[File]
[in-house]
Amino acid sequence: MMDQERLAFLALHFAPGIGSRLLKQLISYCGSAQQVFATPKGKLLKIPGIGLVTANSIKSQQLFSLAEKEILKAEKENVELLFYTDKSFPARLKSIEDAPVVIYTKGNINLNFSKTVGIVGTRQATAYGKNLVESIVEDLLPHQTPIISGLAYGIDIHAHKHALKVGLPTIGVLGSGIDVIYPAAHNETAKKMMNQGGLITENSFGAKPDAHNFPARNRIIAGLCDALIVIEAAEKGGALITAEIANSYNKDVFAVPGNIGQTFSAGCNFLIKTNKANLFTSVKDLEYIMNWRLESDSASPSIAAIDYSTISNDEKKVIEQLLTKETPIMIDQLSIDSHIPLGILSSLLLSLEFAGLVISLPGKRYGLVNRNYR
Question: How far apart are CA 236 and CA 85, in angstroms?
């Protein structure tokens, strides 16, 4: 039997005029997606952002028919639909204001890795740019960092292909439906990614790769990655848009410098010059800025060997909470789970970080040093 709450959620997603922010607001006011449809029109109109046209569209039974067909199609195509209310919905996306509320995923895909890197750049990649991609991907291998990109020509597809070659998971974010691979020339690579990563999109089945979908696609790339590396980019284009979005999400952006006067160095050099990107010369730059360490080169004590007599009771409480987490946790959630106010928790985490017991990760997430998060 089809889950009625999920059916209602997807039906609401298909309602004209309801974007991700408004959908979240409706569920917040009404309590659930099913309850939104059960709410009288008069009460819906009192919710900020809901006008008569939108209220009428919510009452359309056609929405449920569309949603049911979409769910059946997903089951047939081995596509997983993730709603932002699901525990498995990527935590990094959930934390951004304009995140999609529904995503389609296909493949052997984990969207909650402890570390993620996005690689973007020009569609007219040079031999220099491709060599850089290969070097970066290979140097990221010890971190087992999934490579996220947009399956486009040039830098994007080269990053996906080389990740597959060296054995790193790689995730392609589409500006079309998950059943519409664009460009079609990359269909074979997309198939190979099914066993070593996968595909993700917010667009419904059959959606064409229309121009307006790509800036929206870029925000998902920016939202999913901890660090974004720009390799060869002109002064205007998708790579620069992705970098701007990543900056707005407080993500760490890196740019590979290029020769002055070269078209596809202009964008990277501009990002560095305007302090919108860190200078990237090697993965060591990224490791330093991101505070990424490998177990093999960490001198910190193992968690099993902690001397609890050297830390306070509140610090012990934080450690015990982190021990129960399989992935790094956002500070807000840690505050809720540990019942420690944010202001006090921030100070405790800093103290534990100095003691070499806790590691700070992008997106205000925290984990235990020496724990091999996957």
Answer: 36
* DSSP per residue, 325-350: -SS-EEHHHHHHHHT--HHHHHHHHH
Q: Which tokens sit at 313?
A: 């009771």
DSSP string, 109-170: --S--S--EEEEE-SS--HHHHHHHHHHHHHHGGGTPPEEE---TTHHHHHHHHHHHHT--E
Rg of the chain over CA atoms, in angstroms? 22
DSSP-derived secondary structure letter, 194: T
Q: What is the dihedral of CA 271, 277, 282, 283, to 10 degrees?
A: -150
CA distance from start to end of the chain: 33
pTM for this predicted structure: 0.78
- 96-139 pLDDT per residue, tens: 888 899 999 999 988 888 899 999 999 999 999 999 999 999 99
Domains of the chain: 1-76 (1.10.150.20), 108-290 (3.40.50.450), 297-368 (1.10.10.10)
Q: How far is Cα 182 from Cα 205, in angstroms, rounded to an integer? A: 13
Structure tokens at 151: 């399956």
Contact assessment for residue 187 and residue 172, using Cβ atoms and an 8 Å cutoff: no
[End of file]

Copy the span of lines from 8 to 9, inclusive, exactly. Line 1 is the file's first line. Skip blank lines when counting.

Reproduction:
A: 């009771």
DSSP string, 109-170: --S--S--EEEEE-SS--HHHHHHHHHHHHHHGGGTPPEEE---TTHHHHHHHHHHHHT--E